I’m beginning to wonder if I need to join Bloggers Anonymous: Hello, my name is Marian and it’s been 6 weeks since my last post.

What the heck have I been doing?

In no particular order, I’ve been:


We’re back to winter weather.


I’m attempting to sew clothing; it’s not going swimmingly.


A fascinating read!


The second sock. The pattern is a slightly modified version of “Hermione’s Everyday Socks”.


This may one day turn into a shoe cupboard. We’ll see; the boys are threatening mutiny and claim this cupboard does more to clutter up the foyer than a dozen shoes scattered haphazardly on the doormat.


This is a “rescued from the curb” library cart. (Yes, it”s upside down — the wheels need cleaning). I don’t know yet where it will go or what it will be used for; all I know is that I couldn’t let it go to the dump.


Lots of hours spent at the school library.


Of the unpaid Dear Sir and/or Madam, Please will you consider me for your job/grant/scholarship variety. I am my children’s editor.


I may be just a bit obsessed with braided rugs; this is the 6th one I’m making.


Now that Downton Abbey and Mr. Selfridge have been exhausted, we’ve turned to The Paradise. I am a British period piece whore. (Gosh, I hope my daughter doesn’t read this post).


Our daughter will be staying in her university city this summer. And our 17 year old son (not pictured, because he wasn’t born yet) will join her in the fall.


A post on clothing and sewing, which is leading to far too much Ruminating and Questioning, which I will not bog you down with.

I hope you’ll tell me what you’ve been “—ing” in the comments 🙂 .

13 thoughts on “—ing

  1. I love these kind of posts and I’m so glad you decided to share. It’s always nice to catch up with you! 🙂

    We’re in very much the same boat weather-wise. Some days it’s quite spring, other days we are ice and snow covered. I’m beginning to feel over it even though I know it was mild and I have no room to complain.

    I really enjoy Bill Bryson, though I haven’t heard of this one before. I haven’t been reading much lately (too much knitting) but I’m falling behind on my reading challenge, so I should pick something up and start.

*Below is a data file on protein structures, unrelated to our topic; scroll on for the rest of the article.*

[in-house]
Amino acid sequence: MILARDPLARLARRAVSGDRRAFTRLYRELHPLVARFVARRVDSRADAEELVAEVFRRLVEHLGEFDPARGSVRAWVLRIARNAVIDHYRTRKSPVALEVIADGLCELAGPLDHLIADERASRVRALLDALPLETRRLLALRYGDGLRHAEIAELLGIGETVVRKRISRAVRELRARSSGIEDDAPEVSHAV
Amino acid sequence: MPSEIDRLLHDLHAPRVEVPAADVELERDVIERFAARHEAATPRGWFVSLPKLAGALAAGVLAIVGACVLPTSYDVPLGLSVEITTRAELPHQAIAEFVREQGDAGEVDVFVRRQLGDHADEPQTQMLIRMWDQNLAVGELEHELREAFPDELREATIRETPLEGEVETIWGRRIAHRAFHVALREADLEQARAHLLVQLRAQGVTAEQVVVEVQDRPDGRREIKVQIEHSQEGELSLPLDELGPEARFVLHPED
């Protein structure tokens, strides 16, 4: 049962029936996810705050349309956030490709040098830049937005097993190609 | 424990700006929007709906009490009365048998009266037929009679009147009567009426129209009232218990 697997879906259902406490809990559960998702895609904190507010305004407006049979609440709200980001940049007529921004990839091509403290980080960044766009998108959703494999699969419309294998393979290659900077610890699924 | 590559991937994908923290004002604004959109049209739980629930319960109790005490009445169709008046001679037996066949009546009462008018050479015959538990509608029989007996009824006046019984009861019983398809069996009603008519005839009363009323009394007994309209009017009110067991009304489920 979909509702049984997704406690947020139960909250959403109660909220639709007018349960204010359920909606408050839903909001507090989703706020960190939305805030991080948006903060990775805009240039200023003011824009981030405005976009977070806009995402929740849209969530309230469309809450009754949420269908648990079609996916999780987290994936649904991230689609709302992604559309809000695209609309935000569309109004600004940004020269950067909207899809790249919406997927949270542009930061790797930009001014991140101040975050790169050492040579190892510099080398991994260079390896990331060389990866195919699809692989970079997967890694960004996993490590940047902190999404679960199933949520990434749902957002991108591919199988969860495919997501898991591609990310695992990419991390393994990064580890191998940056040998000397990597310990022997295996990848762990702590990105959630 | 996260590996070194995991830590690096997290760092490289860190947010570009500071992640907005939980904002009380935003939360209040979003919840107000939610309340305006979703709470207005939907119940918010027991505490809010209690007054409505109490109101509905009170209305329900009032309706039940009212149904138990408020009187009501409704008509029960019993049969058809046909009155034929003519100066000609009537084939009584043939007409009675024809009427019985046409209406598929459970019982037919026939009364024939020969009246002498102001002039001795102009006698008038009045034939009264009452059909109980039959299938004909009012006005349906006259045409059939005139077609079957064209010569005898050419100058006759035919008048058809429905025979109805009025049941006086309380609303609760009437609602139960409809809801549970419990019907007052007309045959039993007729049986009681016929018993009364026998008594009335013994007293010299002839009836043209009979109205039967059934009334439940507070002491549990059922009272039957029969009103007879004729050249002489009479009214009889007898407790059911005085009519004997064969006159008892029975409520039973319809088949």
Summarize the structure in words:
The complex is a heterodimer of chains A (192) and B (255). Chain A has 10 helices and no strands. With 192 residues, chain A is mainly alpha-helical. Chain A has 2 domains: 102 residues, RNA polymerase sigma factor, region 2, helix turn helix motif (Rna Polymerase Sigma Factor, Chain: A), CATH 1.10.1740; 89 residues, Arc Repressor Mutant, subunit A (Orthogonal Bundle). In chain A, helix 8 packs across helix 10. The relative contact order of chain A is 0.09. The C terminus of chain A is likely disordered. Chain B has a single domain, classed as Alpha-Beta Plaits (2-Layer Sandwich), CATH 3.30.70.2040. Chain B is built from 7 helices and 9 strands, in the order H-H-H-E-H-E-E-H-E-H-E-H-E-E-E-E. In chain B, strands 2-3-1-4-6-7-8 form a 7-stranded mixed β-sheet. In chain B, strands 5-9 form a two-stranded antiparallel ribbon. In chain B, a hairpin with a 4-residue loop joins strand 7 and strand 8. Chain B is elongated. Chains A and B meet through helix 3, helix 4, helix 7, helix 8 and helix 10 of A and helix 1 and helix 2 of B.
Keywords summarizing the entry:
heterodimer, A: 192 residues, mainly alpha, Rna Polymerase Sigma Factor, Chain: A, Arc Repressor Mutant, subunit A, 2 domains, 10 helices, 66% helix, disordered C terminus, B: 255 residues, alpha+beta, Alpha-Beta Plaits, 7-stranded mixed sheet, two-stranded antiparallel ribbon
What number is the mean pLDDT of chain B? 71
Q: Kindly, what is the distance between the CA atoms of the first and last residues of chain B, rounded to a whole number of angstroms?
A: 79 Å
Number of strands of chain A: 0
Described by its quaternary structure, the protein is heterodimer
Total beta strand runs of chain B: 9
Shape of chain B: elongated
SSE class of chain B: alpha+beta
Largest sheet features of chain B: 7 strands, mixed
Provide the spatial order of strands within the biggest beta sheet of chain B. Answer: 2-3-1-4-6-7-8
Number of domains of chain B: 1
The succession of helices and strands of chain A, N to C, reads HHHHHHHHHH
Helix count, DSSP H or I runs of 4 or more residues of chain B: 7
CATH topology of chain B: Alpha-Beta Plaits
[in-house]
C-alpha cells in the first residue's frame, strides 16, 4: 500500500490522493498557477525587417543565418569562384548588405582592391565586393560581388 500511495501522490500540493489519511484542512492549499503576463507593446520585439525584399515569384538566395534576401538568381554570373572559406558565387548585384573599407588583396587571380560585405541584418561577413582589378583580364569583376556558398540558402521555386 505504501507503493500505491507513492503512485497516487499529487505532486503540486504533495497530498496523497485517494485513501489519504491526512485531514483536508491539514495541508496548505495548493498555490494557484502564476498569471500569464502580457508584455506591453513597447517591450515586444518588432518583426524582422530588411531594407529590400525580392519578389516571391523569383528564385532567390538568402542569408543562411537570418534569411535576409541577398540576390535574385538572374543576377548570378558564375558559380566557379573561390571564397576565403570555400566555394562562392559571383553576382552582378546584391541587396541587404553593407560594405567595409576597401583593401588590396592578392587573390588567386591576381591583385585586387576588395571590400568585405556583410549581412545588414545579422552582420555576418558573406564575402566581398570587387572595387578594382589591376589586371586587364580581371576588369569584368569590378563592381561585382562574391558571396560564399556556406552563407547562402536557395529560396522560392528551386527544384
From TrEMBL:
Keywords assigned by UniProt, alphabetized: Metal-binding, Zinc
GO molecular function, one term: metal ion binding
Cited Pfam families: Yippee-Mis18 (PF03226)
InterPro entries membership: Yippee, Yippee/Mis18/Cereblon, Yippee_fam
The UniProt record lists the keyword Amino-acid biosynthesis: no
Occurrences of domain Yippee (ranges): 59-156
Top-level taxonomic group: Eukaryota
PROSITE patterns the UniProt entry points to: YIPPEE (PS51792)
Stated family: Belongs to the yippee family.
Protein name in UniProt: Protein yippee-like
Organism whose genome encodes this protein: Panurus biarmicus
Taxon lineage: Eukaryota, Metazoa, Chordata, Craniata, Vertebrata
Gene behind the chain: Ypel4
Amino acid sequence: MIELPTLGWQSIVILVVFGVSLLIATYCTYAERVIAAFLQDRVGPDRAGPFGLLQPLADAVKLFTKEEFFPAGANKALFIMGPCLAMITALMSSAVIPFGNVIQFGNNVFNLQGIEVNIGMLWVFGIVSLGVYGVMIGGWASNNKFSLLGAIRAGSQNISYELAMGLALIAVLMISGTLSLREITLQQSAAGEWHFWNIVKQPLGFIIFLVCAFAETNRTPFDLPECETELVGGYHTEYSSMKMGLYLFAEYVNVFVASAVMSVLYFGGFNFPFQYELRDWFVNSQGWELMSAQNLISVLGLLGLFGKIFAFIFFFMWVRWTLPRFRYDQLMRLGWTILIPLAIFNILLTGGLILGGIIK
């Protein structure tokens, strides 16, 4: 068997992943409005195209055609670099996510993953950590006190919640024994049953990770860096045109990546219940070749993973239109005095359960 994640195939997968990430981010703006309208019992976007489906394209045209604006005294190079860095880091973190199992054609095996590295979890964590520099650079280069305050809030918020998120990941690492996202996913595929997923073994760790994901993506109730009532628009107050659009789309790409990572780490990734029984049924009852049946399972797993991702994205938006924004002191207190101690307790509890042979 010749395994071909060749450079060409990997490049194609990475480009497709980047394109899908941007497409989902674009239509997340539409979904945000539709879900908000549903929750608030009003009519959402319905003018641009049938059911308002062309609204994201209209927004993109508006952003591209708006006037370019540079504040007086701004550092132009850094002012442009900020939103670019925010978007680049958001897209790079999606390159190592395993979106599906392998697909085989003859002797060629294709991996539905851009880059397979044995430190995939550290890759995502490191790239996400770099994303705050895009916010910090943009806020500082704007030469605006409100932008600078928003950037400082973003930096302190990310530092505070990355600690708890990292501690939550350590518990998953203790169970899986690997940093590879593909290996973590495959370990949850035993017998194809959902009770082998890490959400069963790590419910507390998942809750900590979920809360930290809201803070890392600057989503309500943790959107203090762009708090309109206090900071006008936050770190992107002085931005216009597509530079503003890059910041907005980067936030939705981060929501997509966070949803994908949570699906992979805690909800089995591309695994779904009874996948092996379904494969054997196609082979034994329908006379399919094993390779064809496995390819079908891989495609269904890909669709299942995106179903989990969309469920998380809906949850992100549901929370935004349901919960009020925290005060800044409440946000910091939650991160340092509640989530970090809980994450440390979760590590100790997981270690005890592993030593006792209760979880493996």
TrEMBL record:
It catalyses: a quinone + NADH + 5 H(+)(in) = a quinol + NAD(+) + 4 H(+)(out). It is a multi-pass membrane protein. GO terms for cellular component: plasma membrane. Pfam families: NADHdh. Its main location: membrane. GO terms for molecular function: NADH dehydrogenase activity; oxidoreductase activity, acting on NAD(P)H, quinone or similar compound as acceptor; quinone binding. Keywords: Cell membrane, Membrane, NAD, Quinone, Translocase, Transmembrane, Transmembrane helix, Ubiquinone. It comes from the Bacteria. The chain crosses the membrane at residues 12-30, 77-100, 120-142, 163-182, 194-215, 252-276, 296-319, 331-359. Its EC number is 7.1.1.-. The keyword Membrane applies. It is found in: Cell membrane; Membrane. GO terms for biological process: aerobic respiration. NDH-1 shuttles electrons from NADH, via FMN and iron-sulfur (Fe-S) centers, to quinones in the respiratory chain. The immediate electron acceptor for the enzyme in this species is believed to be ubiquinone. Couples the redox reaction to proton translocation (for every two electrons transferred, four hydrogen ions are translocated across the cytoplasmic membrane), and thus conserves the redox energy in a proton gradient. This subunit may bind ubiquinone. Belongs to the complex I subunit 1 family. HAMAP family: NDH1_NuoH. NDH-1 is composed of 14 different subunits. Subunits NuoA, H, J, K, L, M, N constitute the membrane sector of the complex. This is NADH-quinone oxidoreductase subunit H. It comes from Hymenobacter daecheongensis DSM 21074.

I can’t wait to see/hear more about your sewing adventures. My machine came back from the repair shop just as we were taking apart our office/my craft space to have the flooring replaced and we’ve got about three weeks before it all gets put back together again. Interestingly, I only used it a few times all of last year but once I sent it out the projects seemed to add up. I may just have to bite the bullet and use my kitchen table so I can get my bedroom curtains finished.

    I LOVE those socks. Hermoine’s Everyday Socks pattern is on my list but I think they need a very pretty tonal and all I seem to have is self-striping these days! Also: have you heard about the sock yarn/cozy memories blanket? I’ve started putting mini’s together and I think I’m going to start one. It’s a good way to use up all my sock yarn scraps!

    And I LOVE period British drama. (I think we’ve talked about our knitting, British drama, family game love commonalities).

    Hope to hear more from you soon!


    1. Thank you, Kate 🙂 . These sort of posts kind of remind me of Show and Tell, and even as a child I was always more comfortable being on the receiving/audience end, rather than on the presenting end — and this part of my nature has clearly followed me into adulthood and blogs/blogging: I absolutely love to see and hear about what others are doing, but have been reticent to do this on my own blog. There’s a big part of me that thinks, Well, I’ve already talked about the stuff that I “set out” to talk about (crap-free book fair, plastic shopping bags, food waste, etc) so maybe it’s time to just … stop? (Sorry, that’s the Ruminating and Questioning coming out 😉 ).

      It’s always a bit of a debate with me: once my youngest is in bed, should I read or should I knit? I REALLY want to produce socks in a timely fashion, but I also REALLY want to read more! And Netflix eats into both those activities because, unless it’s really basic knitting, I can’t knit and watch. Have you ever tried audiobooks, Kate? I borrowed the audio version of Bryson’s book from the library several months ago, thinking that was the solution, but it didn’t work for me! I’d be knitting and trying to pay attention to the recording and all of a sudden I’d realize I’d zoned out and I’d think, Wait, what did he just say?

      I love those sock yarn memory blankets! (I’m assuming you mean the ones which are mitre-square constructed, with no joining of individual squares at the end required?). I have a lot more actual socks to knit, though, before I have enough scraps to make one of those! (Although I do know one can start ANYTIME, and just add on as you go … meaning it could be a YEARS (!) long project!). I hope you do a post about it, if you do decide to start one 🙂 .